Commercial Banking in India: Meaning, Structure, Types, Role

Commercial Banking in India

Commercial banking plays an important role in the economic development of any country. A commercial bank is a financial institution which performs the functions of accepting deposits from the general public and giving loans for investment with the aim of earning profit. The objective of these banks is to make profits

Most of the Indian joint stock banks are commercial banks such as State Bank of India, Punjab National Bank, Allahabad Bank, Canara Bank, Andhra Bank, Bank of Baroda, etc

Meaning of Commercial Bank

According to Banking Regulation Act of 1949, “Banking means the accepting for the purpose of lending or investment of deposits of money from the public, repayable on demand or otherwise, and withdrawal by cheque, draft, order or otherwise”.

Role of Banks in Indian Economy

Banks help in money growth and capital formation. They are reservoirs of resources for economic growth and development of the nation. They help in building the infrastructure, boosting the agriculture, setting up industries and aid to global trade. Thus, a bank, by discharging its functions effectively enhances the productive and industrious capacity of the nation and boosts the pace of growth. Banks are the heart of the financial system.

Structure of Banking in India

In India, banking system consists of the Commercial Banks, Co-operative Banks and Development Banks which are broadly listed as:

  • Commercial Banks:
    • Public Sector Banks
    • Private Sector Banks
    • Foreign Banks
  • Co-operative Banks
    • Short term agricultural institutions
    • Long term agricultural credit institutions
    • Non-agricultural credit institutions
  • Development Banks
    • National Bank for Agriculture and Rural Development (NABARD)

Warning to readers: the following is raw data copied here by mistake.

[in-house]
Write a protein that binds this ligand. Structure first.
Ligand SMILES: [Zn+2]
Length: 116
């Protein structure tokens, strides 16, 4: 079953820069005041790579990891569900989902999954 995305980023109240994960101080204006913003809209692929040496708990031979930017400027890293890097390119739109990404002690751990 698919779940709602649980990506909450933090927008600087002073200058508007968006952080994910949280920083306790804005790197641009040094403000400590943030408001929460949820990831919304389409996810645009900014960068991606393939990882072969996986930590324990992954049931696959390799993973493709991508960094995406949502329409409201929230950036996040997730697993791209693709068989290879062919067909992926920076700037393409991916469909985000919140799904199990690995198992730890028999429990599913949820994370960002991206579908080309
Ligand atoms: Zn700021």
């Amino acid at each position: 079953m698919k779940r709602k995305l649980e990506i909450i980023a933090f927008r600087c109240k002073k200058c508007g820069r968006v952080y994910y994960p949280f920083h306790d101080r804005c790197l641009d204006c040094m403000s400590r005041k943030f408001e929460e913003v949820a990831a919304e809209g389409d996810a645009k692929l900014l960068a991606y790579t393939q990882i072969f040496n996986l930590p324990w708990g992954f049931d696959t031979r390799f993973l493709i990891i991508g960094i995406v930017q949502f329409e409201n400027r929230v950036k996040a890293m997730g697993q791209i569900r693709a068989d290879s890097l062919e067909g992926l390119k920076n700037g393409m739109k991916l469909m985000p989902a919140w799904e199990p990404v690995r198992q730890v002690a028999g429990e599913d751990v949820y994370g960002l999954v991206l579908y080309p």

• Small Industries Development Bank of India (SIDBI)
    • EXIM Bank
    • National Housing Bank

Importance of Commercial Bank

The significance of commercial banks is as follows:

  • They promote savings and accelerate the rate of capital formation
  • They are source of finance and credit for trade and industry of a country
  • They promote balanced regional development by opening branches in backward and remote areas of a country
  • Bank credit enables entrepreneurs to innovate and invest in the large and small scale industries which accelerate the process of economic development of a country
  • They help in encouraging large-scale production and growth of priority sectors such as agriculture, small-scale industry, retail trade and export
  • They help commerce and industry of a country to expand their field of operation

Types of Commercial Bank

There are two types of Commercial Banks: scheduled commercial banks and non-scheduled commercial banks.

  1. Scheduled Commercial Banks: Scheduled commercials banks are those banks which are included in Second Schedule of Reserve Bank of India. A scheduled bank must have a paid-up capital and reserves of at least Rs 5 lakh. The scheduled commercial banks are further of three types: